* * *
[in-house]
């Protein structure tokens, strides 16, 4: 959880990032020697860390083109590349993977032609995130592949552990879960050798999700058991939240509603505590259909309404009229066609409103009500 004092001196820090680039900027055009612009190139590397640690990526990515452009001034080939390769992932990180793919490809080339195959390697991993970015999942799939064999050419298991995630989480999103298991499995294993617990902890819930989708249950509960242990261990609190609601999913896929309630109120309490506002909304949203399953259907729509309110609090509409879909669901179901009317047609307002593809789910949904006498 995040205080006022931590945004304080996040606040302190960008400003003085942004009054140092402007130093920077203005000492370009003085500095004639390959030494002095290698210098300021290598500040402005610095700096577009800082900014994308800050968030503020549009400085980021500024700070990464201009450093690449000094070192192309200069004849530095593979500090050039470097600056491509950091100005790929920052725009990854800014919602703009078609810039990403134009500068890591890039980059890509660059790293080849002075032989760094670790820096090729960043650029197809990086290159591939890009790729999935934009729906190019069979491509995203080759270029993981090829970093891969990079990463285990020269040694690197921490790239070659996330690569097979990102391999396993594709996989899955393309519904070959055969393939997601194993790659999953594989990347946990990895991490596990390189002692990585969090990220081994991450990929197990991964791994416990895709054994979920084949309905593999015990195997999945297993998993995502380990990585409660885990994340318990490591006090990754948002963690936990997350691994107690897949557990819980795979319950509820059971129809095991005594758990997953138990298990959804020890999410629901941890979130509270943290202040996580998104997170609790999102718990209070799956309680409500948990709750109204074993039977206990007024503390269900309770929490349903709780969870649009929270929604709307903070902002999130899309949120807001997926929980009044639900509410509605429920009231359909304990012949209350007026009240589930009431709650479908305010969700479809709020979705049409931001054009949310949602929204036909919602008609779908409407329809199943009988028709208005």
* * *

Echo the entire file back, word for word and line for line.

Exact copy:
[in-house]
């Protein structure tokens, strides 16, 4: 959880990032020697860390083109590349993977032609995130592949552990879960050798999700058991939240509603505590259909309404009229066609409103009500 004092001196820090680039900027055009612009190139590397640690990526990515452009001034080939390769992932990180793919490809080339195959390697991993970015999942799939064999050419298991995630989480999103298991499995294993617990902890819930989708249950509960242990261990609190609601999913896929309630109120309490506002909304949203399953259907729509309110609090509409879909669901179901009317047609307002593809789910949904006498 995040205080006022931590945004304080996040606040302190960008400003003085942004009054140092402007130093920077203005000492370009003085500095004639390959030494002095290698210098300021290598500040402005610095700096577009800082900014994308800050968030503020549009400085980021500024700070990464201009450093690449000094070192192309200069004849530095593979500090050039470097600056491509950091100005790929920052725009990854800014919602703009078609810039990403134009500068890591890039980059890509660059790293080849002075032989760094670790820096090729960043650029197809990086290159591939890009790729999935934009729906190019069979491509995203080759270029993981090829970093891969990079990463285990020269040694690197921490790239070659996330690569097979990102391999396993594709996989899955393309519904070959055969393939997601194993790659999953594989990347946990990895991490596990390189002692990585969090990220081994991450990929197990991964791994416990895709054994979920084949309905593999015990195997999945297993998993995502380990990585409660885990994340318990490591006090990754948002963690936990997350691994107690897949557990819980795979319950509820059971129809095991005594758990997953138990298990959804020890999410629901941890979130509270943290202040996580998104997170609790999102718990209070799956309680409500948990709750109204074993039977206990007024503390269900309770929490349903709780969870649009929270929604709307903070902002999130899309949120807001997926929980009044639900509410509605429920009231359909304990012949209350007026009240589930009431709650479908305010969700479809709020979705049409931001054009949310949602929204036909919602008609779908409407329809199943009988028709208005």